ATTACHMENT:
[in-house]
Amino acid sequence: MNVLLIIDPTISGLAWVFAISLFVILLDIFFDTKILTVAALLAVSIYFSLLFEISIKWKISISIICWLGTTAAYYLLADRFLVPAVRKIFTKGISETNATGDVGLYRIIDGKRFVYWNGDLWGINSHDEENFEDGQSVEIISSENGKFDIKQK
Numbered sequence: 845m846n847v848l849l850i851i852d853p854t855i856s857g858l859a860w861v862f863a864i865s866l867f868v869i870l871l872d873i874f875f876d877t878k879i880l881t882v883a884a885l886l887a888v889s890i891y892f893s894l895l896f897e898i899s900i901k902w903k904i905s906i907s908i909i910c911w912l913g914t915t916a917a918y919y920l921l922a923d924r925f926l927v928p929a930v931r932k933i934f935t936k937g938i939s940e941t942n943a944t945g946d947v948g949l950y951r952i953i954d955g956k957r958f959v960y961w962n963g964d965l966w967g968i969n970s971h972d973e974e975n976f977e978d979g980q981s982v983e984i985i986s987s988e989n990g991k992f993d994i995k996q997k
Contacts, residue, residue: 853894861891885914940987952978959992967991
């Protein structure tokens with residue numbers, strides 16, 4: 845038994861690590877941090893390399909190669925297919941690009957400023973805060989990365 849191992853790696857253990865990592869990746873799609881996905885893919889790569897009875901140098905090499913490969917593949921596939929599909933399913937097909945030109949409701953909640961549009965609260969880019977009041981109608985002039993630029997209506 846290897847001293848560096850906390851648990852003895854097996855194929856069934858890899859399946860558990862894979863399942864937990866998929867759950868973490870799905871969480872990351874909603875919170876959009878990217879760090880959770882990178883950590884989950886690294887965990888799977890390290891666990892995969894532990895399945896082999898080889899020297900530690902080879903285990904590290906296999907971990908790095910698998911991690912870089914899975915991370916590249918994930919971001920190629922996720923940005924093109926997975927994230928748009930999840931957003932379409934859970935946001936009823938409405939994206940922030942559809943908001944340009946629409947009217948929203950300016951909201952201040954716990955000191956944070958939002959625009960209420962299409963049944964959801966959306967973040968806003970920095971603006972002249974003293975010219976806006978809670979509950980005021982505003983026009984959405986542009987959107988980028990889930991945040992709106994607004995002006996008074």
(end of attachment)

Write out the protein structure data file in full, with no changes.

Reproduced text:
[in-house]
Amino acid sequence: MNVLLIIDPTISGLAWVFAISLFVILLDIFFDTKILTVAALLAVSIYFSLLFEISIKWKISISIICWLGTTAAYYLLADRFLVPAVRKIFTKGISETNATGDVGLYRIIDGKRFVYWNGDLWGINSHDEENFEDGQSVEIISSENGKFDIKQK
Numbered sequence: 845m846n847v848l849l850i851i852d853p854t855i856s857g858l859a860w861v862f863a864i865s866l867f868v869i870l871l872d873i874f875f876d877t878k879i880l881t882v883a884a885l886l887a888v889s890i891y892f893s894l895l896f897e898i899s900i901k902w903k904i905s906i907s908i909i910c911w912l913g914t915t916a917a918y919y920l921l922a923d924r925f926l927v928p929a930v931r932k933i934f935t936k937g938i939s940e941t942n943a944t945g946d947v948g949l950y951r952i953i954d955g956k957r958f959v960y961w962n963g964d965l966w967g968i969n970s971h972d973e974e975n976f977e978d979g980q981s982v983e984i985i986s987s988e989n990g991k992f993d994i995k996q997k
Contacts, residue, residue: 853894861891885914940987952978959992967991
């Protein structure tokens with residue numbers, strides 16, 4: 845038994861690590877941090893390399909190669925297919941690009957400023973805060989990365 849191992853790696857253990865990592869990746873799609881996905885893919889790569897009875901140098905090499913490969917593949921596939929599909933399913937097909945030109949409701953909640961549009965609260969880019977009041981109608985002039993630029997209506 846290897847001293848560096850906390851648990852003895854097996855194929856069934858890899859399946860558990862894979863399942864937990866998929867759950868973490870799905871969480872990351874909603875919170876959009878990217879760090880959770882990178883950590884989950886690294887965990888799977890390290891666990892995969894532990895399945896082999898080889899020297900530690902080879903285990904590290906296999907971990908790095910698998911991690912870089914899975915991370916590249918994930919971001920190629922996720923940005924093109926997975927994230928748009930999840931957003932379409934859970935946001936009823938409405939994206940922030942559809943908001944340009946629409947009217948929203950300016951909201952201040954716990955000191956944070958939002959625009960209420962299409963049944964959801966959306967973040968806003970920095971603006972002249974003293975010219976806006978809670979509950980005021982505003983026009984959405986542009987959107988980028990889930991945040992709106994607004995002006996008074």